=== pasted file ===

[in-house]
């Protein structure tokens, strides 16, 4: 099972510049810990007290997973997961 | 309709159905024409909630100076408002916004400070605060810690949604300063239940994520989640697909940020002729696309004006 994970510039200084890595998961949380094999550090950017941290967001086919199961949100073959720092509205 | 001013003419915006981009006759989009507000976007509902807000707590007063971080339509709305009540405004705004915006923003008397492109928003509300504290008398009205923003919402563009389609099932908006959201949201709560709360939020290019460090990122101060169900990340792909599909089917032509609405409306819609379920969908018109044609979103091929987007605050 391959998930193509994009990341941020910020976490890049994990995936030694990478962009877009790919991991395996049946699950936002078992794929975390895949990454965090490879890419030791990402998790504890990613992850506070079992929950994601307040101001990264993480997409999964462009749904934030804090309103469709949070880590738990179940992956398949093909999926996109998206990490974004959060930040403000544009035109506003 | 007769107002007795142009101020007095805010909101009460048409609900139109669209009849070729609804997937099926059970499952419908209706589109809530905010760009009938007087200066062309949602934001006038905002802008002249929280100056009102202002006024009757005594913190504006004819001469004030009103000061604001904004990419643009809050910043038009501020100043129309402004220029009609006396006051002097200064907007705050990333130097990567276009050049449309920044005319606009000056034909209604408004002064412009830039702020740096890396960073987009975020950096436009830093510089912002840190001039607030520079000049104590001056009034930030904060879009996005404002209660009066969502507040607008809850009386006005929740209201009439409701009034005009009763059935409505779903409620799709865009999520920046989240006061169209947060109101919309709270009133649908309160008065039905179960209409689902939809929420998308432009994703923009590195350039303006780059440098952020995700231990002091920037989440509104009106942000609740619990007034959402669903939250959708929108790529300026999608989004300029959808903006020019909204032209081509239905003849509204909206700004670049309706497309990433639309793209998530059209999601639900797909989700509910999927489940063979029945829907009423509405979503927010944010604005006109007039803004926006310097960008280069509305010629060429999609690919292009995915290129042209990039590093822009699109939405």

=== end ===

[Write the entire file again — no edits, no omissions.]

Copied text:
[in-house]
């Protein structure tokens, strides 16, 4: 099972510049810990007290997973997961 | 309709159905024409909630100076408002916004400070605060810690949604300063239940994520989640697909940020002729696309004006 994970510039200084890595998961949380094999550090950017941290967001086919199961949100073959720092509205 | 001013003419915006981009006759989009507000976007509902807000707590007063971080339509709305009540405004705004915006923003008397492109928003509300504290008398009205923003919402563009389609099932908006959201949201709560709360939020290019460090990122101060169900990340792909599909089917032509609405409306819609379920969908018109044609979103091929987007605050 391959998930193509994009990341941020910020976490890049994990995936030694990478962009877009790919991991395996049946699950936002078992794929975390895949990454965090490879890419030791990402998790504890990613992850506070079992929950994601307040101001990264993480997409999964462009749904934030804090309103469709949070880590738990179940992956398949093909999926996109998206990490974004959060930040403000544009035109506003 | 007769107002007795142009101020007095805010909101009460048409609900139109669209009849070729609804997937099926059970499952419908209706589109809530905010760009009938007087200066062309949602934001006038905002802008002249929280100056009102202002006024009757005594913190504006004819001469004030009103000061604001904004990419643009809050910043038009501020100043129309402004220029009609006396006051002097200064907007705050990333130097990567276009050049449309920044005319606009000056034909209604408004002064412009830039702020740096890396960073987009975020950096436009830093510089912002840190001039607030520079000049104590001056009034930030904060879009996005404002209660009066969502507040607008809850009386006005929740209201009439409701009034005009009763059935409505779903409620799709865009999520920046989240006061169209947060109101919309709270009133649908309160008065039905179960209409689902939809929420998308432009994703923009590195350039303006780059440098952020995700231990002091920037989440509104009106942000609740619990007034959402669903939250959708929108790529300026999608989004300029959808903006020019909204032209081509239905003849509204909206700004670049309706497309990433639309793209998530059209999601639900797909989700509910999927489940063979029945829907009423509405979503927010944010604005006109007039803004926006310097960008280069509305010629060429999609690919292009995915290129042209990039590093822009699109939405």